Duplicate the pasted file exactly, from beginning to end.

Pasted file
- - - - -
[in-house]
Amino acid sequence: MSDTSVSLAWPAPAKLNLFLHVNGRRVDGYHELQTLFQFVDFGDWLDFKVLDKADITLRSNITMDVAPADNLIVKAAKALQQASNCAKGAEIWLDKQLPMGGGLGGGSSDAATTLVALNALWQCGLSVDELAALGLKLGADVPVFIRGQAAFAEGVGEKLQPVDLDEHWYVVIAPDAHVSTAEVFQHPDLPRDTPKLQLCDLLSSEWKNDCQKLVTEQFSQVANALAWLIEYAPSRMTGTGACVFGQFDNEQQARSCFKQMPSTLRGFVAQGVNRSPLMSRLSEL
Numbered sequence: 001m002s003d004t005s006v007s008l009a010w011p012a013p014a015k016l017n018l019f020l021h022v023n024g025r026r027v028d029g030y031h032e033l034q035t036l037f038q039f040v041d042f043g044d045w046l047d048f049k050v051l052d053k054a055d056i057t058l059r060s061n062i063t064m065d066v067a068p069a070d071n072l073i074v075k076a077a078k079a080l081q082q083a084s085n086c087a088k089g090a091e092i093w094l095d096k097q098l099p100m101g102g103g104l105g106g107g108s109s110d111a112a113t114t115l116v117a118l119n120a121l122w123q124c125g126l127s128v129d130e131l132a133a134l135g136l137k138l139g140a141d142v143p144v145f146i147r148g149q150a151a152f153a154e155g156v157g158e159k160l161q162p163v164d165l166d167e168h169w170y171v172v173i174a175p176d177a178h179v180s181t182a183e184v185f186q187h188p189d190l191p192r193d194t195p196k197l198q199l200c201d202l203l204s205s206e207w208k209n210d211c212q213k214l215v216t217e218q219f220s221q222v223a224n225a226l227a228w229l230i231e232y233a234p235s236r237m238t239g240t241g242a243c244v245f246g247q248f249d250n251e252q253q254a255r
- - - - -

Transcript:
[in-house]
Amino acid sequence: MSDTSVSLAWPAPAKLNLFLHVNGRRVDGYHELQTLFQFVDFGDWLDFKVLDKADITLRSNITMDVAPADNLIVKAAKALQQASNCAKGAEIWLDKQLPMGGGLGGGSSDAATTLVALNALWQCGLSVDELAALGLKLGADVPVFIRGQAAFAEGVGEKLQPVDLDEHWYVVIAPDAHVSTAEVFQHPDLPRDTPKLQLCDLLSSEWKNDCQKLVTEQFSQVANALAWLIEYAPSRMTGTGACVFGQFDNEQQARSCFKQMPSTLRGFVAQGVNRSPLMSRLSEL
Numbered sequence: 001m002s003d004t005s006v007s008l009a010w011p012a013p014a015k016l017n018l019f020l021h022v023n024g025r026r027v028d029g030y031h032e033l034q035t036l037f038q039f040v041d042f043g044d045w046l047d048f049k050v051l052d053k054a055d056i057t058l059r060s061n062i063t064m065d066v067a068p069a070d071n072l073i074v075k076a077a078k079a080l081q082q083a084s085n086c087a088k089g090a091e092i093w094l095d096k097q098l099p100m101g102g103g104l105g106g107g108s109s110d111a112a113t114t115l116v117a118l119n120a121l122w123q124c125g126l127s128v129d130e131l132a133a134l135g136l137k138l139g140a141d142v143p144v145f146i147r148g149q150a151a152f153a154e155g156v157g158e159k160l161q162p163v164d165l166d167e168h169w170y171v172v173i174a175p176d177a178h179v180s181t182a183e184v185f186q187h188p189d190l191p192r193d194t195p196k197l198q199l200c201d202l203l204s205s206e207w208k209n210d211c212q213k214l215v216t217e218q219f220s221q222v223a224n225a226l227a228w229l230i231e232y233a234p235s236r237m238t239g240t241g242a243c244v245f246g247q248f249d250n251e252q253q254a255r